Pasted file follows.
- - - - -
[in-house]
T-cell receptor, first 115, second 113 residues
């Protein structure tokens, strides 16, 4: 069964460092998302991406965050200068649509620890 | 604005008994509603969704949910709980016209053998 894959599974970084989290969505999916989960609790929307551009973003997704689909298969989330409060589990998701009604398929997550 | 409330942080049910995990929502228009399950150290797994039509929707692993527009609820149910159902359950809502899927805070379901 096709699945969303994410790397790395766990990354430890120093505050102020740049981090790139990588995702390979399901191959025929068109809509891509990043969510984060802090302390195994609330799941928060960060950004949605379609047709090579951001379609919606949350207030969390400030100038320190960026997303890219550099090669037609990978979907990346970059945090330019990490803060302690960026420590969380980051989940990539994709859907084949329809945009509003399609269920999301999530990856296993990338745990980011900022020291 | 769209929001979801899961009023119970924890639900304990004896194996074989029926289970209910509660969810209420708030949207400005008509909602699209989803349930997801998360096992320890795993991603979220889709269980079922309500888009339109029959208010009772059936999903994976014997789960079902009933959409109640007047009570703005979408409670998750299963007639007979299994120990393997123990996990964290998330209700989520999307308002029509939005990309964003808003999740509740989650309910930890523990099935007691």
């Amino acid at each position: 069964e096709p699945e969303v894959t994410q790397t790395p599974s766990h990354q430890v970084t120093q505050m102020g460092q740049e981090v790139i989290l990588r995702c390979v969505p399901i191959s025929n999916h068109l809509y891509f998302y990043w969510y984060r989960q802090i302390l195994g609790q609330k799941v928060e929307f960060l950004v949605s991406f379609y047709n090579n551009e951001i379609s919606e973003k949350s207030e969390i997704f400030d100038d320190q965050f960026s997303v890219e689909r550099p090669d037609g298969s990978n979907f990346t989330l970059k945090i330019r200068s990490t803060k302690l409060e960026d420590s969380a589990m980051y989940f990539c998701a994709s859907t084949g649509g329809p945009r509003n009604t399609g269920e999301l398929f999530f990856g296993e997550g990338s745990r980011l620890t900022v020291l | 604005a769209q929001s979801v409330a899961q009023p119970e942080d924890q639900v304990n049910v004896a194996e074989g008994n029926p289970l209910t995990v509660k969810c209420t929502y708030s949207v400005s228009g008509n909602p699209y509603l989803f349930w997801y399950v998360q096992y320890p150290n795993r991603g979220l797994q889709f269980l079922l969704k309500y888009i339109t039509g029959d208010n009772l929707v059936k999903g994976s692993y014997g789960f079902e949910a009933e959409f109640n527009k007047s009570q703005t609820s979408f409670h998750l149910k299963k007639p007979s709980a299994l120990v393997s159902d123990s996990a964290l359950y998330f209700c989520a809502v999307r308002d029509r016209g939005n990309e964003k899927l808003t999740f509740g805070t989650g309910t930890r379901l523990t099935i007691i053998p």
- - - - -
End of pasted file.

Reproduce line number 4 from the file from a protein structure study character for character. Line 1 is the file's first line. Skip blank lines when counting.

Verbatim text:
């Amino acid at each position: 069964e096709p699945e969303v894959t994410q790397t790395p599974s766990h990354q430890v970084t120093q505050m102020g460092q740049e981090v790139i989290l990588r995702c390979v969505p399901i191959s025929n999916h068109l809509y891509f998302y990043w969510y984060r989960q802090i302390l195994g609790q609330k799941v928060e929307f960060l950004v949605s991406f379609y047709n090579n551009e951001i379609s919606e973003k949350s207030e969390i997704f400030d100038d320190q965050f960026s997303v890219e689909r550099p090669d037609g298969s990978n979907f990346t989330l970059k945090i330019r200068s990490t803060k302690l409060e960026d420590s969380a589990m980051y989940f990539c998701a994709s859907t084949g649509g329809p945009r509003n009604t399609g269920e999301l398929f999530f990856g296993e997550g990338s745990r980011l620890t900022v020291l | 604005a769209q929001s979801v409330a899961q009023p119970e942080d924890q639900v304990n049910v004896a194996e074989g008994n029926p289970l209910t995990v509660k969810c209420t929502y708030s949207v400005s228009g008509n909602p699209y509603l989803f349930w997801y399950v998360q096992y320890p150290n795993r991603g979220l797994q889709f269980l079922l969704k309500y888009i339109t039509g029959d208010n009772l929707v059936k999903g994976s692993y014997g789960f079902e949910a009933e959409f109640n527009k007047s009570q703005t609820s979408f409670h998750l149910k299963k007639p007979s709980a299994l120990v393997s159902d123990s996990a964290l359950y998330f209700c989520a809502v999307r308002d029509r016209g939005n990309e964003k899927l808003t999740f509740g805070t989650g309910t930890r379901l523990t099935i007691i053998p």